The Oklahoma Medical Research Foundation’s hallways were ringing with sounds of laughter and children’s voices on Friday as the nonprofit institute played host to the at-risk youth from Positive Tomorrows for some trick-or-treating fun.
This is the ninth consecutive year that an adorable mix of superheroes, princesses, goblins and pro sports superstars has descended on OMRF for a day of treats, games and good times.
More than 50 children from Positive Tomorrows, Oklahoma’s only elementary school specifically for homeless children, toured the decorated halls and offices at OMRF smiling from ear to ear in what has become an annual tradition at OMRF. Each child’s costume was hand made by students from Oklahoma City University.
In addition to handing out candy, OMRF employees also took the children on a tour of the facility and entertained them with a spooky Oklahoma-themed story in the library read by the foundation’s librarian dressed as Gandalf the Grey.
“We’ve done this with OMRF for years and it only gets more and more fun,” said Positive Tomorrows development officer Rachel Durham. “It’s really special for the students because they know there is a giant complex full of people who are excited to see them and care about them. Of course meeting them with big buckets of candy adds to the fun, too. It’s just a blast.”
Positive Tomorrows’ mission is to “educate homeless children and their families for life.” They set out to accomplish this goal by providing a free structured learning environment for children, as well as providing parents and guardians with the necessary support to create a better life on the road to self-sufficiency. This private education helps address the special needs of homeless students from kindergarten through fifth grade.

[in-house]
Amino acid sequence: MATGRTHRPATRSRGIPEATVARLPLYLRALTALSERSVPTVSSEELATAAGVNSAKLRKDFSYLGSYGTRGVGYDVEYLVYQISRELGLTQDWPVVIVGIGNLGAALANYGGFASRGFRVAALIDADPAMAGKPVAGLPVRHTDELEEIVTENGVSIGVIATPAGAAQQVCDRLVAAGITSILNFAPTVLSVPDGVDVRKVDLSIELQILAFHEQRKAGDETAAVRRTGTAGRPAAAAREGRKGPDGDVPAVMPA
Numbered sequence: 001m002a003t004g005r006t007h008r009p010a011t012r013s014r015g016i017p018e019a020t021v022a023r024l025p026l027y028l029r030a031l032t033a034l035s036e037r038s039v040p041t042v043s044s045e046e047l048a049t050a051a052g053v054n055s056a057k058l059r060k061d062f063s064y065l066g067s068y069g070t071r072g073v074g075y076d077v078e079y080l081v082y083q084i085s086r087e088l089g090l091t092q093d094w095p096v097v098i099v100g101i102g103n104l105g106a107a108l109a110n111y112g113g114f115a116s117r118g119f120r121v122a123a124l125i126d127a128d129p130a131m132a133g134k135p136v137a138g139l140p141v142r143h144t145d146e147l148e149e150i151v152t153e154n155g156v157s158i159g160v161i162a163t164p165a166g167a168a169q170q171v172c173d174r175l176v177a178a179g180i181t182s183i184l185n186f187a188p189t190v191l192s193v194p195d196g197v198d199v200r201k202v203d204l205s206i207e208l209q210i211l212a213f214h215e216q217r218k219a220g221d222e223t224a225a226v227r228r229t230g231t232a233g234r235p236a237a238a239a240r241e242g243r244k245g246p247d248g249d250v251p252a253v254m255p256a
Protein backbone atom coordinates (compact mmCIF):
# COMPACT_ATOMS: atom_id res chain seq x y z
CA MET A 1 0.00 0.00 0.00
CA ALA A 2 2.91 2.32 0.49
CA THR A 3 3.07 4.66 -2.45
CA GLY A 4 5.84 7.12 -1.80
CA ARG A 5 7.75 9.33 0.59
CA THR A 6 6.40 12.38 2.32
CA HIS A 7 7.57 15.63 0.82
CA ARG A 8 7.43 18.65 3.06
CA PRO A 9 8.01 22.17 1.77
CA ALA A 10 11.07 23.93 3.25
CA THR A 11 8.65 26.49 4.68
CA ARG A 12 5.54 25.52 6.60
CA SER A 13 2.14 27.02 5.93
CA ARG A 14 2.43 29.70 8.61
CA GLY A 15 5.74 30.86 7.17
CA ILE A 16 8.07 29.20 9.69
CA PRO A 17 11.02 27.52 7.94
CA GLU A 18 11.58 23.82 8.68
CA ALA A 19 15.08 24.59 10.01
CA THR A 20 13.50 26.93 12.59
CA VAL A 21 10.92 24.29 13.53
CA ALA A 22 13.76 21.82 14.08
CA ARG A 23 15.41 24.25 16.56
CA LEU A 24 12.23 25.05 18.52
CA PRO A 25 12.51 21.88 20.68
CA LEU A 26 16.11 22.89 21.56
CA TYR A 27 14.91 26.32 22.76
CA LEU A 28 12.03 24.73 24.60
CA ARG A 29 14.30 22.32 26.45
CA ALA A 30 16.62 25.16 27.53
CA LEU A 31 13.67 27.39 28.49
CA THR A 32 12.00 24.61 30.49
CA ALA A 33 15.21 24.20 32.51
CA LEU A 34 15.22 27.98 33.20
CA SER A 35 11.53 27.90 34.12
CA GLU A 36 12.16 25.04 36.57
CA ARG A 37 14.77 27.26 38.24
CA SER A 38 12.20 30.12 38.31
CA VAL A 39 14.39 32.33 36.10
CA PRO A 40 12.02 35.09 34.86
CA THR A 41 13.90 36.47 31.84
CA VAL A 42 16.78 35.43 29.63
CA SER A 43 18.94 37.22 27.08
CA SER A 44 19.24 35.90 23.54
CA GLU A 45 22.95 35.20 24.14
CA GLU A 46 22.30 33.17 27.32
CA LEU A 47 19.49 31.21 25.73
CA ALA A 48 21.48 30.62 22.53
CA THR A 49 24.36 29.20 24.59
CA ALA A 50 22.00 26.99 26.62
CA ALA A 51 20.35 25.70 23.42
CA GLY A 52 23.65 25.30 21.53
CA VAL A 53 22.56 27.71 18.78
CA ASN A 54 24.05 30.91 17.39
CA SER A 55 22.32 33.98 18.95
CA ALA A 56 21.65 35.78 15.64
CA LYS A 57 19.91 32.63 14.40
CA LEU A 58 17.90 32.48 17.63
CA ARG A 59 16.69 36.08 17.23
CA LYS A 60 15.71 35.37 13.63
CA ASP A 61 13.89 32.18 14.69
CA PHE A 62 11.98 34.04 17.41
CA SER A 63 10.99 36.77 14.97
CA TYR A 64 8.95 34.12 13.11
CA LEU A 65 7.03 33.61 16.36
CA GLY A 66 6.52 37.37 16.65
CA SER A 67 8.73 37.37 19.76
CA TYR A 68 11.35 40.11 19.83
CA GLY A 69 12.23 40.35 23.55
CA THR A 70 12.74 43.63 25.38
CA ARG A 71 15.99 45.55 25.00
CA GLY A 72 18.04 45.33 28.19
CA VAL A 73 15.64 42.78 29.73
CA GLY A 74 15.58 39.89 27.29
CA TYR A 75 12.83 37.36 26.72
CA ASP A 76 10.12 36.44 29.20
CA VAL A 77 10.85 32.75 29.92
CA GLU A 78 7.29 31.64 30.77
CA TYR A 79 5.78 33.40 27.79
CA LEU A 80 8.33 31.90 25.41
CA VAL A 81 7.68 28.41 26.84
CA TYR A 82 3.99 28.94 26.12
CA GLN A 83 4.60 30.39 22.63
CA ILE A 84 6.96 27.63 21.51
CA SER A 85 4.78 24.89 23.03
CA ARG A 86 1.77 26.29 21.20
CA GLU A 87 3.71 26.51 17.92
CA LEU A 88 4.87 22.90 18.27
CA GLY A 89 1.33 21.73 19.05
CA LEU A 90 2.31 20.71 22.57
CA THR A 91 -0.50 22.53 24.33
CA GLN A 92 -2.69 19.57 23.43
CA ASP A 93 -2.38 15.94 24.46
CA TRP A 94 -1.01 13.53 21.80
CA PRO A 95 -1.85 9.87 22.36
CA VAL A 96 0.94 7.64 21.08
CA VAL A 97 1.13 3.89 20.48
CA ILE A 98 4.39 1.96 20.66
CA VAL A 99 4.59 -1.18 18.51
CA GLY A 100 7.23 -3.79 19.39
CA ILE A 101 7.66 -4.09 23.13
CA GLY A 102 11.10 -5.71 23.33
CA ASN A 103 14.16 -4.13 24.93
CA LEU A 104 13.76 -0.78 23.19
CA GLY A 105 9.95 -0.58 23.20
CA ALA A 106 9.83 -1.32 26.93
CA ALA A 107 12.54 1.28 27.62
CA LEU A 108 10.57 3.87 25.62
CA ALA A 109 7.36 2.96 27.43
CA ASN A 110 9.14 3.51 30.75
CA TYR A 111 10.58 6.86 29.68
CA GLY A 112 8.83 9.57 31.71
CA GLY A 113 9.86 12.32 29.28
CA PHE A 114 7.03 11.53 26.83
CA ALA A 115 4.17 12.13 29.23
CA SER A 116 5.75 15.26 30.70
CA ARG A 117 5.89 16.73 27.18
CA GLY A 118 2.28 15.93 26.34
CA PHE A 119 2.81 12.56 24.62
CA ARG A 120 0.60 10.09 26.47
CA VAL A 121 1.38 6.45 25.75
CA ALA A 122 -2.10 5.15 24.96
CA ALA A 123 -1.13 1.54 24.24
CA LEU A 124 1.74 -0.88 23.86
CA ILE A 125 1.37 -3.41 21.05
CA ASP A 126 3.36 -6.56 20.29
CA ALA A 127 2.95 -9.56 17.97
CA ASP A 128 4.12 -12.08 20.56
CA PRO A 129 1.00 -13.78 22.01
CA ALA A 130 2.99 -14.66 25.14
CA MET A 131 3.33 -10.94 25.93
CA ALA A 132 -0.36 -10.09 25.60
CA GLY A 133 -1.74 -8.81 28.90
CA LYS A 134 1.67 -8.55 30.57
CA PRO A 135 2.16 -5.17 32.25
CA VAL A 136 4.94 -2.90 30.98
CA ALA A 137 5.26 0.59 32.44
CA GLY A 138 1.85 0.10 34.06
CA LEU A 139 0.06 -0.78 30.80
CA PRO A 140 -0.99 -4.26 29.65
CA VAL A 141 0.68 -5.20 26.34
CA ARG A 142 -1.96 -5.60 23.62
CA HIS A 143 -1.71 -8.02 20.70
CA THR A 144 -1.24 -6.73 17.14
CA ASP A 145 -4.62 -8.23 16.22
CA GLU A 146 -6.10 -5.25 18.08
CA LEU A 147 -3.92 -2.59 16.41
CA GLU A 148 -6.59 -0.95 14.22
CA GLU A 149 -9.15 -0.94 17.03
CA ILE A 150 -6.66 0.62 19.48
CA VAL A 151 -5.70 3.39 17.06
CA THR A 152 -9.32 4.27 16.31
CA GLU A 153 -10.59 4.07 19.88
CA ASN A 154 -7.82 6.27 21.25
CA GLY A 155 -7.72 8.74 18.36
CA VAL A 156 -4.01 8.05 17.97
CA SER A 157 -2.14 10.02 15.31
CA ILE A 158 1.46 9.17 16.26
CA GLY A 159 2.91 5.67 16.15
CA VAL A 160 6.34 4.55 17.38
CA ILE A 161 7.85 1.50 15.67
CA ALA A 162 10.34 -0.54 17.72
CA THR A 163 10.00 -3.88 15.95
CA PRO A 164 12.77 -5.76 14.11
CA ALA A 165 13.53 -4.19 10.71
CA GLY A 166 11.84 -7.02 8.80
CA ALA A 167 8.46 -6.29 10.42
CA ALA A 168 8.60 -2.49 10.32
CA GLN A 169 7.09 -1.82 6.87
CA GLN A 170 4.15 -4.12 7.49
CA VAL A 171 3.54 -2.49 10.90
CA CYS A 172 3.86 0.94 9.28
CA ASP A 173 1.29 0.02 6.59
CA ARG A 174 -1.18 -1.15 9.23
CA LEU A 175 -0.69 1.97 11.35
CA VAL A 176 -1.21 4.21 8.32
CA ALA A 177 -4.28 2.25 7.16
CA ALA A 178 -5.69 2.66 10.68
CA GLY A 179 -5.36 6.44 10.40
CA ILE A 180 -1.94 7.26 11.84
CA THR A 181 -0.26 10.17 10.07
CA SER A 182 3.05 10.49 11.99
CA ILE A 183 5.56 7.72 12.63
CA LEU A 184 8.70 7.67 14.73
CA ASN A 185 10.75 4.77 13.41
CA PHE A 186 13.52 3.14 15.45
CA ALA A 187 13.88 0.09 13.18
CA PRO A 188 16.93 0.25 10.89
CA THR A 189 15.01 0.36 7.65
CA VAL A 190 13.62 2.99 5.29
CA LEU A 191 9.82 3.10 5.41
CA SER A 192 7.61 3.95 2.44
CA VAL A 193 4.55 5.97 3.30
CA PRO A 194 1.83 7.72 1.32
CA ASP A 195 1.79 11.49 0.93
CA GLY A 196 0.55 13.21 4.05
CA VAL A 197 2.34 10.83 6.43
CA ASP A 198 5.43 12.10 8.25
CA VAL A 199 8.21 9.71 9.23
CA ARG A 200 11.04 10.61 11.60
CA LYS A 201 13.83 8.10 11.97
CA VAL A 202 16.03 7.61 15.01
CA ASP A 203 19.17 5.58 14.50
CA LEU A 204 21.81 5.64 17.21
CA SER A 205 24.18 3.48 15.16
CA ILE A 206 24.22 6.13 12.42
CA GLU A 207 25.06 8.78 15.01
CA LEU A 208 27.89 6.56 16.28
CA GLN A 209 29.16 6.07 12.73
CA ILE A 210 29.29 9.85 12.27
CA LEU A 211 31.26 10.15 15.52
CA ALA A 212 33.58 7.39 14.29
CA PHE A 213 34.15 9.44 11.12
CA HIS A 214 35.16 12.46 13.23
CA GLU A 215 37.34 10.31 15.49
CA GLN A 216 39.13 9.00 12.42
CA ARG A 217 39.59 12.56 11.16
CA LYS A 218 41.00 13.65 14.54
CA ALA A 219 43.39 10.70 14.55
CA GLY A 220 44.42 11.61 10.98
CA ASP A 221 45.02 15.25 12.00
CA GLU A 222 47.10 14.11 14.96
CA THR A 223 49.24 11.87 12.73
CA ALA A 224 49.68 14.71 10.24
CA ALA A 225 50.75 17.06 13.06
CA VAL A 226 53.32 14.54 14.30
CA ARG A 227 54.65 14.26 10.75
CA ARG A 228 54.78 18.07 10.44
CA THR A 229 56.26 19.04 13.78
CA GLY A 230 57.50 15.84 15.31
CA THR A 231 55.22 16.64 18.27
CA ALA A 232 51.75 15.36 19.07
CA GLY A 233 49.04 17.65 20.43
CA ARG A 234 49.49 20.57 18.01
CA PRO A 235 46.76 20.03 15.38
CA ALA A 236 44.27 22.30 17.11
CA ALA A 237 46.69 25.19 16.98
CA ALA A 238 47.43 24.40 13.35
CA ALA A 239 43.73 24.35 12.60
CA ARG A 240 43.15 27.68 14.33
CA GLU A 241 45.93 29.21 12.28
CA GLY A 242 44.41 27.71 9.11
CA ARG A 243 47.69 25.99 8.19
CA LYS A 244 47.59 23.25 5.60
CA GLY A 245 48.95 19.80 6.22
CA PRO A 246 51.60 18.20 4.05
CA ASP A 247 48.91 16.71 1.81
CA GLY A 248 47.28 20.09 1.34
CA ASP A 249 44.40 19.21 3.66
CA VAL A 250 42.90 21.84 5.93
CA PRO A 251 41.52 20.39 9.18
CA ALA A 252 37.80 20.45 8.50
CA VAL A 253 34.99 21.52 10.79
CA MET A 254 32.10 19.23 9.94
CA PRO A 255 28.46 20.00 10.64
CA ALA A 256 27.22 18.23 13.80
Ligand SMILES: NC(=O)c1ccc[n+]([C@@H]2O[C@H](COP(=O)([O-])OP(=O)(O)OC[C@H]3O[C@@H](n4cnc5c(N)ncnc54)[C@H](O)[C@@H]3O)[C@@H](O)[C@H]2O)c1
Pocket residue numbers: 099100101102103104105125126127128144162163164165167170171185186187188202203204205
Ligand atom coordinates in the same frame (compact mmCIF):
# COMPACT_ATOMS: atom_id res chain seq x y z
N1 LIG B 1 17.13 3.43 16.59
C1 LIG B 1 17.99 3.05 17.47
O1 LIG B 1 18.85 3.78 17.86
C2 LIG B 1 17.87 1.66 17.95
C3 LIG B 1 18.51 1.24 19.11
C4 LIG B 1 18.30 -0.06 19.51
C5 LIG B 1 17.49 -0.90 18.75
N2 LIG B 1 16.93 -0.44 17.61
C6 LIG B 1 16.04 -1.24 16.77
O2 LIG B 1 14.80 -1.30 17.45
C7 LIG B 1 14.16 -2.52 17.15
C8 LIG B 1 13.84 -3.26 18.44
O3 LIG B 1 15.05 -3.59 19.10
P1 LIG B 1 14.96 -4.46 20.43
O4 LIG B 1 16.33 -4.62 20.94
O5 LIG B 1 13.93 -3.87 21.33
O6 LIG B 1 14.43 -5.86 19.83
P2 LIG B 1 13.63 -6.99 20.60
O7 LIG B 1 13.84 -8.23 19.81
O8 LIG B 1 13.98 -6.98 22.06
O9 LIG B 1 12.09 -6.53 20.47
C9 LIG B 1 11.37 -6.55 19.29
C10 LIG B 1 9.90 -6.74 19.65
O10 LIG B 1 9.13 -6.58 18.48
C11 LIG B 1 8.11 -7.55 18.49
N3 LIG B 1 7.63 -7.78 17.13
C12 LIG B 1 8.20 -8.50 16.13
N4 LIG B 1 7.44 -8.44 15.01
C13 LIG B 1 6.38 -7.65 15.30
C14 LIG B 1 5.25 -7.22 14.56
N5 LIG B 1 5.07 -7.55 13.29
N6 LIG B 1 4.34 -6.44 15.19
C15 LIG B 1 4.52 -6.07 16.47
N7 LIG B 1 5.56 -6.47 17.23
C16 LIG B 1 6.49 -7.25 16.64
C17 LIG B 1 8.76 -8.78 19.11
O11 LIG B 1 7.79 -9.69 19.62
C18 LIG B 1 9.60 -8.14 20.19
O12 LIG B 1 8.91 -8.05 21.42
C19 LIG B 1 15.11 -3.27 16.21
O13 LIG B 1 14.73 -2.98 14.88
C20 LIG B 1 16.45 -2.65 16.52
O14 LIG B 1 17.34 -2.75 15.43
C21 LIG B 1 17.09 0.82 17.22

“An added benefit to our annual trip out to OMRF is that we expose our students to different kinds of jobs and positive things you can do with your life,” said Durham. “They see that they can be scientists and see this place in our city that they wouldn’t get to otherwise. It is hugely beneficial, and we are thankful to have a partner like OMRF.”
Homelessness is very real problem in Oklahoma, ranking as the seventh worst state in the country for homeless children. There are more than 3,200 in the Oklahoma City public school district alone.
“It’s a great opportunity for us to be able to put a smile on these kids’ faces and provide something they get to look forward to each year,” said Carlisa Curry, OMRF’s senior human resources specialist. “A lot of children don’t get a chance to do something like this, so it is a very special day for everyone involved and a tradition we cherish.”